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Foreclosures on hold for the holidays

Big lenders are halting foreclosures for the holidays.

The Carvantes family is facing foreclosure on their well-kept bungalow in Portland, Ore. They're not sure whether the moratorium on evictions announced by big banks will spare them during the holidays. Father Erick is a union grocery worker; mother Telma lost her job as a home health aid earlier this year. Erick's wages alone can't cover the $1,700-a-month mortgage.

Jeremy Hobson: Some Christmas time cheer blowing in for struggling homeowners this week. Due to the still lousy economy, there will be a halt to many foreclosures and evections from today until New Year's. But after the moratorium ends, there could be a new wave of foreclosures.

Marketplace's Mitchell Hartman reports.


Mitchell Hartman: It’s hard to knock the biggest lenders in the country cutting desperate homeowners some slack just as folks are gathering ‘round the Christmas tree.

But this could turn out to be less than a big deal. First, it’ll be over pretty fast.

Guy Cecala: It’s going to be back to business three or four weeks from now when the holiday season ends.

Guy Cecala publishes Inside Mortgage Finance. He says banks will quickly catch up on the tens of thousands of evictions they delay. Plus, he says, banks are going to restart home seizures, now that a big legal settlement over foreclosure abuses is moving forward.

The moratorium will help a few—who find a Miracle on 34th , or whatever street they happen to live on.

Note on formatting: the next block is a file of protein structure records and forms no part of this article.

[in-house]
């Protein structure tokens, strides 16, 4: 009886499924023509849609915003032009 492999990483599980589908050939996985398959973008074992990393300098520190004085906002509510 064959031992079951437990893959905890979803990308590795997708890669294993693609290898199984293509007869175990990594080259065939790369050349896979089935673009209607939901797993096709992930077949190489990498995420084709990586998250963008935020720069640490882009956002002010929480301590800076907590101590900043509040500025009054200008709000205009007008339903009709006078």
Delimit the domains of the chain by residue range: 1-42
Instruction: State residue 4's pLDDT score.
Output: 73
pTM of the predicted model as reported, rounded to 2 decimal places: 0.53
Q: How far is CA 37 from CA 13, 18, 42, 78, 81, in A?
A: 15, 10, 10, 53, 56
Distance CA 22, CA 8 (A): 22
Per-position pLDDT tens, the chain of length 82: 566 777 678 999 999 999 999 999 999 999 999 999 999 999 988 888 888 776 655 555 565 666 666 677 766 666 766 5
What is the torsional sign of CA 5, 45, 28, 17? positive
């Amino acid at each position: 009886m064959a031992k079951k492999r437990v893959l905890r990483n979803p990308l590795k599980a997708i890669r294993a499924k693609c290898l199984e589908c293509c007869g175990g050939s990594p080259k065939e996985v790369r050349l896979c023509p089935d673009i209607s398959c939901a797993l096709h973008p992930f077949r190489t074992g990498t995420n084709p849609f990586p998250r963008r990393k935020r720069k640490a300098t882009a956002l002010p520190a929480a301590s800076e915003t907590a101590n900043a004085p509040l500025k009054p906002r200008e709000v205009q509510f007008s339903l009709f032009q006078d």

Gail Cunningham of the National Foundation for Credit Counseling.

Gail Cunningham: You know, if someone could land a job during that period, and convince their lender that they have a plan to catch up on their past-due payments, then it could be all it takes to stay in that home.

That’s not in the cards for Telma and Erick Caravantes, though. They stopped paying the mortgage on their well-kept bungalow in Portland, Ore., after Telma was laid off as a home-health aid. With just Erick’s minimum-wage job at a grocery store, they couldn’t keep up and the bank is foreclosing.

Erick Caravantes: No tengo una communication abierta con el banco.

Caravantes says he’s hasn’t had any communication from his bank in weeks. He’s not sure whether the family’s covered by the halt to foreclosures. So his wife and kids are stripping the Christmas tree and boxing up the ornaments, just in case.

I’m Mitchell Hartman for Marketplace.

About the author

Mitchell Hartman is the senior reporter for Marketplace’s Entrepreneurship Desk and also covers employment.

The Carvantes family is facing foreclosure on their well-kept bungalow in Portland, Ore. They're not sure whether the moratorium on evictions announced by big banks will spare them during the holidays. Father Erick is a union grocery worker; mother Telma lost her job as a home health aid earlier this year. Erick's wages alone can't cover the $1,700-a-month mortgage.

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